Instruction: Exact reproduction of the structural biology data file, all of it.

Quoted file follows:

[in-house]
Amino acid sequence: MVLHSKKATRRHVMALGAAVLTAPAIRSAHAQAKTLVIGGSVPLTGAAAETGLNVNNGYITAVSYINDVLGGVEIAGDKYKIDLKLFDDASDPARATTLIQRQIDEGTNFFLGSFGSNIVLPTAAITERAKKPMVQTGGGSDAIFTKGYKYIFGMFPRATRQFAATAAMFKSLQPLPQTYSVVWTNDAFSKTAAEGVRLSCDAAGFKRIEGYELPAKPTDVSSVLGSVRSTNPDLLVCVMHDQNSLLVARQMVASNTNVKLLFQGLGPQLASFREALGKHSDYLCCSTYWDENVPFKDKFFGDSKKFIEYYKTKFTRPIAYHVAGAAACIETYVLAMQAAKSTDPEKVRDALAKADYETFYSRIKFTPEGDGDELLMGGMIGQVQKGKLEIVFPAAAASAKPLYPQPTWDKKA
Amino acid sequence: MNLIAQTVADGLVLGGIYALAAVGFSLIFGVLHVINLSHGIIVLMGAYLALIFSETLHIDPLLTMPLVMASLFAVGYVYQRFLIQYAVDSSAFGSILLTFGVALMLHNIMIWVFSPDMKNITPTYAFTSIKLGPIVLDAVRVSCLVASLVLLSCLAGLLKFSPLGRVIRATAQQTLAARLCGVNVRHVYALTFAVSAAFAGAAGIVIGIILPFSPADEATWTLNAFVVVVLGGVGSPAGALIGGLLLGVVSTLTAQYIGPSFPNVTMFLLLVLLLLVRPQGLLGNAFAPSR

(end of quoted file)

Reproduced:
[in-house]
Amino acid sequence: MVLHSKKATRRHVMALGAAVLTAPAIRSAHAQAKTLVIGGSVPLTGAAAETGLNVNNGYITAVSYINDVLGGVEIAGDKYKIDLKLFDDASDPARATTLIQRQIDEGTNFFLGSFGSNIVLPTAAITERAKKPMVQTGGGSDAIFTKGYKYIFGMFPRATRQFAATAAMFKSLQPLPQTYSVVWTNDAFSKTAAEGVRLSCDAAGFKRIEGYELPAKPTDVSSVLGSVRSTNPDLLVCVMHDQNSLLVARQMVASNTNVKLLFQGLGPQLASFREALGKHSDYLCCSTYWDENVPFKDKFFGDSKKFIEYYKTKFTRPIAYHVAGAAACIETYVLAMQAAKSTDPEKVRDALAKADYETFYSRIKFTPEGDGDELLMGGMIGQVQKGKLEIVFPAAAASAKPLYPQPTWDKKA
Amino acid sequence: MNLIAQTVADGLVLGGIYALAAVGFSLIFGVLHVINLSHGIIVLMGAYLALIFSETLHIDPLLTMPLVMASLFAVGYVYQRFLIQYAVDSSAFGSILLTFGVALMLHNIMIWVFSPDMKNITPTYAFTSIKLGPIVLDAVRVSCLVASLVLLSCLAGLLKFSPLGRVIRATAQQTLAARLCGVNVRHVYALTFAVSAAFAGAAGIVIGIILPFSPADEATWTLNAFVVVVLGGVGSPAGALIGGLLLGVVSTLTAQYIGPSFPNVTMFLLLVLLLLVRPQGLLGNAFAPSR